- scope, area, and period of non-competition.
However, such agreement shall not violate laws or regulations and shall comply with the principles of fairness and reasonableness.
According to Article 8 of the Interpretation of the Supreme People’s Court on Several Issues concerning the Application of Law in the Trial of Labor Dispute Cases (IV), where employees and employers have agreed on non-competition and economic compensation clauses, and the employers fail to pay economic compensations for three months due to their own reasons. Then employees may request termination of the aforesaid non-competition clauses.
Within the non-compete period, the employers may also request the termination of non-compete clauses. However, according to Article 9 of the Interpretation of the Supreme People’s Court on Several Issues concerning the Application of Law in the Trial of Labor Dispute Cases (IV), when an employer terminates the non-compete clause within the non-compete period, the people’s court shall support the employee’s request for additional payment of a three-month economic compensation.
Unlike the confidential obligation, the non-competition obligation is an agreed obligation agreed within a written agreement. If there is no agreement on non-competition between the employer and the employee, the employee will not assume the non-competition obligation.
It should be noted that under general circumstances, the payment of non-compete compensation by the employer after the resignation of the employee in accordance with the agreement. This is the precondition for the employer to require the employee to perform the non-compete obligation.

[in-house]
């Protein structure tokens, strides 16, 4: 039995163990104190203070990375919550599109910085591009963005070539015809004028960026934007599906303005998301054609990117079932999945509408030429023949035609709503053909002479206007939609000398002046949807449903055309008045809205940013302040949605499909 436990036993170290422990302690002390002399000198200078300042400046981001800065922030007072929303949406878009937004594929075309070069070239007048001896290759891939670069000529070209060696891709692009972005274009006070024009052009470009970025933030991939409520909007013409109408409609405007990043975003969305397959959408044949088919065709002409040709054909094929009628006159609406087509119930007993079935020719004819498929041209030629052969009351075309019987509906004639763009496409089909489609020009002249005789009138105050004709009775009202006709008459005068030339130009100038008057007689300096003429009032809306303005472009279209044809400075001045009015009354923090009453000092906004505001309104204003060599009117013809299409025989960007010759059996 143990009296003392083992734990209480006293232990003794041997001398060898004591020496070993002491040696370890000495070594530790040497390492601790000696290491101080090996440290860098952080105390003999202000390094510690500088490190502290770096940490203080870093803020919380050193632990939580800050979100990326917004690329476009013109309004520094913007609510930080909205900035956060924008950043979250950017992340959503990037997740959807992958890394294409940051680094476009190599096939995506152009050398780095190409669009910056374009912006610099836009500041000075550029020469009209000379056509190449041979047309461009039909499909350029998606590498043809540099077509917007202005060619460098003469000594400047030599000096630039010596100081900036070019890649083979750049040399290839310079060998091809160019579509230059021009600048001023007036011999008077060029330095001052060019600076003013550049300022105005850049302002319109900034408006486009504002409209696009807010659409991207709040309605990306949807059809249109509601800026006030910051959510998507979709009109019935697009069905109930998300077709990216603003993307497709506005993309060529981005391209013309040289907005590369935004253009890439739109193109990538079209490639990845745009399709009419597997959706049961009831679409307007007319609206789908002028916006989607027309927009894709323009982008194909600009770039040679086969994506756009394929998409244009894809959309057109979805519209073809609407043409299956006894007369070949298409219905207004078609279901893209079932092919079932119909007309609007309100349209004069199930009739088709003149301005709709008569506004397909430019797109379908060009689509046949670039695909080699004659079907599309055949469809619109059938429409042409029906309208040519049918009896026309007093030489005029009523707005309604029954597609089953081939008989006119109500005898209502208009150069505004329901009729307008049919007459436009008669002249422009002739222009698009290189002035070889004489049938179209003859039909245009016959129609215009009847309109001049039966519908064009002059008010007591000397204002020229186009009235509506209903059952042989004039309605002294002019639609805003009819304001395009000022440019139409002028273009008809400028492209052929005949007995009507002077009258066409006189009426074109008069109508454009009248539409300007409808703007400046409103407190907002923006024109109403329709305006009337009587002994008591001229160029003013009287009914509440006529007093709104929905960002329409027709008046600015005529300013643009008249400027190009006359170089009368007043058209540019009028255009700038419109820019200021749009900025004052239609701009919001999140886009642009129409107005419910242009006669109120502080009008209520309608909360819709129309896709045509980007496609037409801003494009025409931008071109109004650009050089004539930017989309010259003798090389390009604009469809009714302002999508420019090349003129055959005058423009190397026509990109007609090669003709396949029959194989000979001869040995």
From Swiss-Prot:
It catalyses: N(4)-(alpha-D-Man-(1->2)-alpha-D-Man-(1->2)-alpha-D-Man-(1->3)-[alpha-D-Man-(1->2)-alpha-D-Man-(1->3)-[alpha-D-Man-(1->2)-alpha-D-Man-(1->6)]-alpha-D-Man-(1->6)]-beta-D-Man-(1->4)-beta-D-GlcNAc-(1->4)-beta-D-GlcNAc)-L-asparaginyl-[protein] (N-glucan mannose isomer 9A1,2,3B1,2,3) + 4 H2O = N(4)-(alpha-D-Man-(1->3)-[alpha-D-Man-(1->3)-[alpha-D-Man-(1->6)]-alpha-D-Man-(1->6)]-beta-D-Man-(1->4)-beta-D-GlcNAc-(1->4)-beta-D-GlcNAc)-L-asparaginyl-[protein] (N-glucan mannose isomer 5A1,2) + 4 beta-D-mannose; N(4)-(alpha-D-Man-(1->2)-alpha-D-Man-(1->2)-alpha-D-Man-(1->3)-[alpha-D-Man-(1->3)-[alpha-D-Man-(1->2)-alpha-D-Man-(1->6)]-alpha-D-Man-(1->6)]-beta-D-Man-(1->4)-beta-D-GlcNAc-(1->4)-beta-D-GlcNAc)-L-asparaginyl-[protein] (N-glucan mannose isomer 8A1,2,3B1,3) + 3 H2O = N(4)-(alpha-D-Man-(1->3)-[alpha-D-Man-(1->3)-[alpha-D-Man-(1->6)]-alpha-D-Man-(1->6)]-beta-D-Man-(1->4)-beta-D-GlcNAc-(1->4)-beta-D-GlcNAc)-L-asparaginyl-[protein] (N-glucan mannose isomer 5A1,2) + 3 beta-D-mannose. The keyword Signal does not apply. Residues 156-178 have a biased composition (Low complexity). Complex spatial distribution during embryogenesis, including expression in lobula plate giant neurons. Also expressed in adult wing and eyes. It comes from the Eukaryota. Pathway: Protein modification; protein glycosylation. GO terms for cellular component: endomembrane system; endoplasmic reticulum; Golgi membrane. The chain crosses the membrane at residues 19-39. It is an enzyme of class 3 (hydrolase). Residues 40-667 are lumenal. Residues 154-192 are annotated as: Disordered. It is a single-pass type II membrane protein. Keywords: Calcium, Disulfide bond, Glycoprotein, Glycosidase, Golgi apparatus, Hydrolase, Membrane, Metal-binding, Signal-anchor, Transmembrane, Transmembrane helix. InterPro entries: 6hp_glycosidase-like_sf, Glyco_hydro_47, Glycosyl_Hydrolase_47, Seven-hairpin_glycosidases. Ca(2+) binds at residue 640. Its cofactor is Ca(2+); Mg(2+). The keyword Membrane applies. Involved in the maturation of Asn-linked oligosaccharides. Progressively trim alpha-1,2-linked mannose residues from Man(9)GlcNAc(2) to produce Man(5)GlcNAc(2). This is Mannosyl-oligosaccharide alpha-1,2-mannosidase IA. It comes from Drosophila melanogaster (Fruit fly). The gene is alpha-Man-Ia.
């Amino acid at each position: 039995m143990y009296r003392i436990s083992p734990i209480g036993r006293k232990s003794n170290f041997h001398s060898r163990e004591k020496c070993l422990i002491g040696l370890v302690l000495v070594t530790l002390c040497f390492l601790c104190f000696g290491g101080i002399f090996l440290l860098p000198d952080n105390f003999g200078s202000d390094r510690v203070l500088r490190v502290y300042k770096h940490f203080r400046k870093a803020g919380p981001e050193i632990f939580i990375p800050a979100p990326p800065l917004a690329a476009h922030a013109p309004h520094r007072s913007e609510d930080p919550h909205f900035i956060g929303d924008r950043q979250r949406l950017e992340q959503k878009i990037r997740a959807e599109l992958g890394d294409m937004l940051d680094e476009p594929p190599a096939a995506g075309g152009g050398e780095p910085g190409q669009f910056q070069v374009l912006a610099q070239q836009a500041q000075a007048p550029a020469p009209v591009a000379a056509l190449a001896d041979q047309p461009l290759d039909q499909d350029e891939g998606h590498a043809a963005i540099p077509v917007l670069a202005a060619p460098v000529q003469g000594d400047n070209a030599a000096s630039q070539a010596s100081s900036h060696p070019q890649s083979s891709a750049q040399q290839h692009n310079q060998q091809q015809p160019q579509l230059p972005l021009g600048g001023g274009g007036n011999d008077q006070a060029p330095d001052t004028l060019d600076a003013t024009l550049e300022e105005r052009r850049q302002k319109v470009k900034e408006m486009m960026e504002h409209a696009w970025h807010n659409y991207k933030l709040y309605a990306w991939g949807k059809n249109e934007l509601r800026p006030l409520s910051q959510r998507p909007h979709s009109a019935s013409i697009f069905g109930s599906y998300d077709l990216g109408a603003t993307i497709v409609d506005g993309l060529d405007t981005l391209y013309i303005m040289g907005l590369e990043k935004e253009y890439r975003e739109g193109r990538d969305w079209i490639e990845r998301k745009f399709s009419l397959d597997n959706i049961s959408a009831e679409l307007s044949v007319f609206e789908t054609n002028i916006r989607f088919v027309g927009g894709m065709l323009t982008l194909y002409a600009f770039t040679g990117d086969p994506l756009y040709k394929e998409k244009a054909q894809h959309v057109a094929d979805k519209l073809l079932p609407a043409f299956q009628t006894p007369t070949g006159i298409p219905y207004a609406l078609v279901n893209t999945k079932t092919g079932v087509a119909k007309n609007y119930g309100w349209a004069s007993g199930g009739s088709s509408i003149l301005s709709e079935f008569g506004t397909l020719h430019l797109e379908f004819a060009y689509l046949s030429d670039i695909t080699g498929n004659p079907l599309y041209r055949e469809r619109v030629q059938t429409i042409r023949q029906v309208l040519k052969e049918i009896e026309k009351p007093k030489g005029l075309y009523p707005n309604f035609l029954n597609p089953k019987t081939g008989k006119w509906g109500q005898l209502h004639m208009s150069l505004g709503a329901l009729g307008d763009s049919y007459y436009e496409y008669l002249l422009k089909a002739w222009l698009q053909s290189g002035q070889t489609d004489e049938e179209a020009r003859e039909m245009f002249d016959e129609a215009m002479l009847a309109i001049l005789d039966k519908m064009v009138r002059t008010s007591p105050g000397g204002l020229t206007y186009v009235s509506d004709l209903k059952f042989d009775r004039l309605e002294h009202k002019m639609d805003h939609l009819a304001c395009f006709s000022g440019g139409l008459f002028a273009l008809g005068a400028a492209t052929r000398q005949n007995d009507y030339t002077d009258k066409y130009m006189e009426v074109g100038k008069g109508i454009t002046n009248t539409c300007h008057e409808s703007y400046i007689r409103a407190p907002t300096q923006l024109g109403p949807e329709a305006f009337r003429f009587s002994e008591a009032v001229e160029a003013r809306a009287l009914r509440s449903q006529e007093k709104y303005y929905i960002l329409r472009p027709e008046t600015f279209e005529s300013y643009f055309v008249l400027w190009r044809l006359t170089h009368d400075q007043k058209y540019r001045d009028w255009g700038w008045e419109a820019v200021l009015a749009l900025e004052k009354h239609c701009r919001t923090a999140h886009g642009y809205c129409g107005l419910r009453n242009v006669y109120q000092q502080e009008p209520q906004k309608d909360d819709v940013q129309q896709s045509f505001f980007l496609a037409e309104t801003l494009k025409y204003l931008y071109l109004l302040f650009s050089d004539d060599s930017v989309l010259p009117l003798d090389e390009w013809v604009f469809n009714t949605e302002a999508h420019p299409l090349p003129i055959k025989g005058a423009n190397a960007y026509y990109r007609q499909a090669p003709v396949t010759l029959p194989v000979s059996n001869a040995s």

According to the provisions of Article 6 of the Interpretation of the Supreme People’s Court on Several Issues concerning the Application of Law in the Trial of Labor Dispute Cases (IV), in the case that an employee and an employer fail to stipulate payment of economic compensations to the employee after the labor contract concerned is rescinded or terminated. And the employee has fulfilled his/her obligations under non-competition clauses.
Then the employee may request the employer to pay the economic compensations on a monthly basis at the rate of 30% of the average monthly wage for the 12 months before rescission or termination of the labor contract concerned.
Where the amount of the aforesaid economic compensations is less than the minimum wage standard at the place where the labor contract concerned is performed. Then minimum wage standard at the place where the labor contract concerned is performed shall be applied.
This standard can be referenced to define economic compensation of non-competition.
What is the Legal Definition of Trade Secret Infringement?